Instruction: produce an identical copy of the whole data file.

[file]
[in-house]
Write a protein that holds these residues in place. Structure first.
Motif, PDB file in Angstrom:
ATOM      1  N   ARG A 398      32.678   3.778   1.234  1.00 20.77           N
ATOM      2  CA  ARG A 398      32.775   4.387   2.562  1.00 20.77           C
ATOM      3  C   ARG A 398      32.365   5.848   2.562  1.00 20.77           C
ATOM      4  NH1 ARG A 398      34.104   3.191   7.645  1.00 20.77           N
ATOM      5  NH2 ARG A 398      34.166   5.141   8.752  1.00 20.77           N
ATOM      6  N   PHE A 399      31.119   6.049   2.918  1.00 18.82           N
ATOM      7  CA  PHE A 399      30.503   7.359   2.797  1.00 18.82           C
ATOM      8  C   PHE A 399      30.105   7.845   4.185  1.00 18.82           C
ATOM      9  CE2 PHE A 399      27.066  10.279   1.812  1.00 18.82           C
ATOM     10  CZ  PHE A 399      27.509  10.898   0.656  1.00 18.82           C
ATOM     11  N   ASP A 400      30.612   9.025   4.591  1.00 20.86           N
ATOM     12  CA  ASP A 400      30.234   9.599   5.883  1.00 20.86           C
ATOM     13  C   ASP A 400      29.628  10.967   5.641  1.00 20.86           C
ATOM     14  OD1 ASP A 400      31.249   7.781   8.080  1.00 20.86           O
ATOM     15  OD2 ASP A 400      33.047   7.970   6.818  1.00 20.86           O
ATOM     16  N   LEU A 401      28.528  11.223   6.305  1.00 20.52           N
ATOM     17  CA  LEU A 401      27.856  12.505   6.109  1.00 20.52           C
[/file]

[in-house]
Write a protein that holds these residues in place. Structure first.
Motif, PDB file in Angstrom:
ATOM      1  N   ARG A 398      32.678   3.778   1.234  1.00 20.77           N
ATOM      2  CA  ARG A 398      32.775   4.387   2.562  1.00 20.77           C
ATOM      3  C   ARG A 398      32.365   5.848   2.562  1.00 20.77           C
ATOM      4  NH1 ARG A 398      34.104   3.191   7.645  1.00 20.77           N
ATOM      5  NH2 ARG A 398      34.166   5.141   8.752  1.00 20.77           N
ATOM      6  N   PHE A 399      31.119   6.049   2.918  1.00 18.82           N
ATOM      7  CA  PHE A 399      30.503   7.359   2.797  1.00 18.82           C
ATOM      8  C   PHE A 399      30.105   7.845   4.185  1.00 18.82           C
ATOM      9  CE2 PHE A 399      27.066  10.279   1.812  1.00 18.82           C
ATOM     10  CZ  PHE A 399      27.509  10.898   0.656  1.00 18.82           C
ATOM     11  N   ASP A 400      30.612   9.025   4.591  1.00 20.86           N
ATOM     12  CA  ASP A 400      30.234   9.599   5.883  1.00 20.86           C
ATOM     13  C   ASP A 400      29.628  10.967   5.641  1.00 20.86           C
ATOM     14  OD1 ASP A 400      31.249   7.781   8.080  1.00 20.86           O
ATOM     15  OD2 ASP A 400      33.047   7.970   6.818  1.00 20.86           O
ATOM     16  N   LEU A 401      28.528  11.223   6.305  1.00 20.52           N
ATOM     17  CA  LEU A 401      27.856  12.505   6.109  1.00 20.52           C